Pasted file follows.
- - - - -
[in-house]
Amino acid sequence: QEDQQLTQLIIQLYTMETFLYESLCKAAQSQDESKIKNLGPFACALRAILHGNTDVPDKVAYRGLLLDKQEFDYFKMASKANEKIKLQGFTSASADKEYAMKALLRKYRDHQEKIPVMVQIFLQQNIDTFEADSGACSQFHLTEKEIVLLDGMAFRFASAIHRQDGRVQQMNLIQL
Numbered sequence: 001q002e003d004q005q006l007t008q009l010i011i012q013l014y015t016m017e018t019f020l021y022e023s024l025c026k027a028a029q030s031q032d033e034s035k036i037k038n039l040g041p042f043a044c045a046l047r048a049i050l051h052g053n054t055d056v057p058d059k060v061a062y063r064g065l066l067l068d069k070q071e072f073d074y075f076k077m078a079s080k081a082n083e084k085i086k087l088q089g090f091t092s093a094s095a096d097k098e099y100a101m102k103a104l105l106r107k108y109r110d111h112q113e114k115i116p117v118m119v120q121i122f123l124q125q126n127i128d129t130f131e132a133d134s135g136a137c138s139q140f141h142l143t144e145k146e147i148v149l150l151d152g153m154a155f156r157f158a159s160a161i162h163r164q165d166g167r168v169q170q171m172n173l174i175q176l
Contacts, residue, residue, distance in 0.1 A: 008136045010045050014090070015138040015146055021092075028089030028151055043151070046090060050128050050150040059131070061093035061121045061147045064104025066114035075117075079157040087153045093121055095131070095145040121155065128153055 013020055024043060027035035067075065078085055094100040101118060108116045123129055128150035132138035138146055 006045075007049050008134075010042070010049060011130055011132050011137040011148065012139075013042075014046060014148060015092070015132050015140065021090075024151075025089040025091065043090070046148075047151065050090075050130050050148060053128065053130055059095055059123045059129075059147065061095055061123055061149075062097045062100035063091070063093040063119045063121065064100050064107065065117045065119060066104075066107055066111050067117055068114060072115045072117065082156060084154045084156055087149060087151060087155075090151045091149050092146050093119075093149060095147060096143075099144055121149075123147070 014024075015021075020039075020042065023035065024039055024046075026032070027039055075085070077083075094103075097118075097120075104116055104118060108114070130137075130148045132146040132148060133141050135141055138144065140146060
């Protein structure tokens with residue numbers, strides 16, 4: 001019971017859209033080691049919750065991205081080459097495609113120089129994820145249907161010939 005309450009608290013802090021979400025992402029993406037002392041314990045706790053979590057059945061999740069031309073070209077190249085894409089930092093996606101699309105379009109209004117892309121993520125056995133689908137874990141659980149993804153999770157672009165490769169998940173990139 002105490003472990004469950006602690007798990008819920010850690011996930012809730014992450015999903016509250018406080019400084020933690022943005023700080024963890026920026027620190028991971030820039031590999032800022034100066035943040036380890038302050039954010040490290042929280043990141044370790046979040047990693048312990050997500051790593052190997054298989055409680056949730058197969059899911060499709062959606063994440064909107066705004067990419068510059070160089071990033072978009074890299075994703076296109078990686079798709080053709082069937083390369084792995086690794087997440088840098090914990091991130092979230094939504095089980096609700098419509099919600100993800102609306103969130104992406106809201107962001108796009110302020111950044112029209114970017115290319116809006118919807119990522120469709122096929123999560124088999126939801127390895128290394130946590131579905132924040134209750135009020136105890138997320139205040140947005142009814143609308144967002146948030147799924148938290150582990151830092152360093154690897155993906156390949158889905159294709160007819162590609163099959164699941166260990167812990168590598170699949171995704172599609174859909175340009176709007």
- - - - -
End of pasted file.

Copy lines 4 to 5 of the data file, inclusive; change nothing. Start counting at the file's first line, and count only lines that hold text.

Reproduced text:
Contacts, residue, residue, distance in 0.1 A: 008136045010045050014090070015138040015146055021092075028089030028151055043151070046090060050128050050150040059131070061093035061121045061147045064104025066114035075117075079157040087153045093121055095131070095145040121155065128153055 013020055024043060027035035067075065078085055094100040101118060108116045123129055128150035132138035138146055 006045075007049050008134075010042070010049060011130055011132050011137040011148065012139075013042075014046060014148060015092070015132050015140065021090075024151075025089040025091065043090070046148075047151065050090075050130050050148060053128065053130055059095055059123045059129075059147065061095055061123055061149075062097045062100035063091070063093040063119045063121065064100050064107065065117045065119060066104075066107055066111050067117055068114060072115045072117065082156060084154045084156055087149060087151060087155075090151045091149050092146050093119075093149060095147060096143075099144055121149075123147070 014024075015021075020039075020042065023035065024039055024046075026032070027039055075085070077083075094103075097118075097120075104116055104118060108114070130137075130148045132146040132148060133141050135141055138144065140146060
């Protein structure tokens with residue numbers, strides 16, 4: 001019971017859209033080691049919750065991205081080459097495609113120089129994820145249907161010939 005309450009608290013802090021979400025992402029993406037002392041314990045706790053979590057059945061999740069031309073070209077190249085894409089930092093996606101699309105379009109209004117892309121993520125056995133689908137874990141659980149993804153999770157672009165490769169998940173990139 002105490003472990004469950006602690007798990008819920010850690011996930012809730014992450015999903016509250018406080019400084020933690022943005023700080024963890026920026027620190028991971030820039031590999032800022034100066035943040036380890038302050039954010040490290042929280043990141044370790046979040047990693048312990050997500051790593052190997054298989055409680056949730058197969059899911060499709062959606063994440064909107066705004067990419068510059070160089071990033072978009074890299075994703076296109078990686079798709080053709082069937083390369084792995086690794087997440088840098090914990091991130092979230094939504095089980096609700098419509099919600100993800102609306103969130104992406106809201107962001108796009110302020111950044112029209114970017115290319116809006118919807119990522120469709122096929123999560124088999126939801127390895128290394130946590131579905132924040134209750135009020136105890138997320139205040140947005142009814143609308144967002146948030147799924148938290150582990151830092152360093154690897155993906156390949158889905159294709160007819162590609163099959164699941166260990167812990168590598170699949171995704172599609174859909175340009176709007």